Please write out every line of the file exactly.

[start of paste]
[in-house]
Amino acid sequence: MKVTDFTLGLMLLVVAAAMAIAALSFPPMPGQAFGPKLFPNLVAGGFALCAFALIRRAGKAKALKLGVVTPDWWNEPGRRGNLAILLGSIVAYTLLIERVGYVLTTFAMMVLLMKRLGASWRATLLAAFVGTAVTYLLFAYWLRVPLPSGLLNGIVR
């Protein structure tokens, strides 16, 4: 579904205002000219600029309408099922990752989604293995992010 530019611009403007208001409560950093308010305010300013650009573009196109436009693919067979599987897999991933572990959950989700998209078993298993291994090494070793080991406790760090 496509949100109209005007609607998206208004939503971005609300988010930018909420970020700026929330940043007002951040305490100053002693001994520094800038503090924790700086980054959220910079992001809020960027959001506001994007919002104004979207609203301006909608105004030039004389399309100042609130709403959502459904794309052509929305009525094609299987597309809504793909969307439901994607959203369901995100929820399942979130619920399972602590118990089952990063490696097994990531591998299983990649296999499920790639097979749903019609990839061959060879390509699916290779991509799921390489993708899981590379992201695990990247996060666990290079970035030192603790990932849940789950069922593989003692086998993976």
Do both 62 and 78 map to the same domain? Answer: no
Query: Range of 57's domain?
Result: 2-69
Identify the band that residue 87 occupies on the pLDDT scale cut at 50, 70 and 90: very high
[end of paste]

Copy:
[in-house]
Amino acid sequence: MKVTDFTLGLMLLVVAAAMAIAALSFPPMPGQAFGPKLFPNLVAGGFALCAFALIRRAGKAKALKLGVVTPDWWNEPGRRGNLAILLGSIVAYTLLIERVGYVLTTFAMMVLLMKRLGASWRATLLAAFVGTAVTYLLFAYWLRVPLPSGLLNGIVR
């Protein structure tokens, strides 16, 4: 579904205002000219600029309408099922990752989604293995992010 530019611009403007208001409560950093308010305010300013650009573009196109436009693919067979599987897999991933572990959950989700998209078993298993291994090494070793080991406790760090 496509949100109209005007609607998206208004939503971005609300988010930018909420970020700026929330940043007002951040305490100053002693001994520094800038503090924790700086980054959220910079992001809020960027959001506001994007919002104004979207609203301006909608105004030039004389399309100042609130709403959502459904794309052509929305009525094609299987597309809504793909969307439901994607959203369901995100929820399942979130619920399972602590118990089952990063490696097994990531591998299983990649296999499920790639097979749903019609990839061959060879390509699916290779991509799921390489993708899981590379992201695990990247996060666990290079970035030192603790990932849940789950069922593989003692086998993976």
Do both 62 and 78 map to the same domain? Answer: no
Query: Range of 57's domain?
Result: 2-69
Identify the band that residue 87 occupies on the pLDDT scale cut at 50, 70 and 90: very high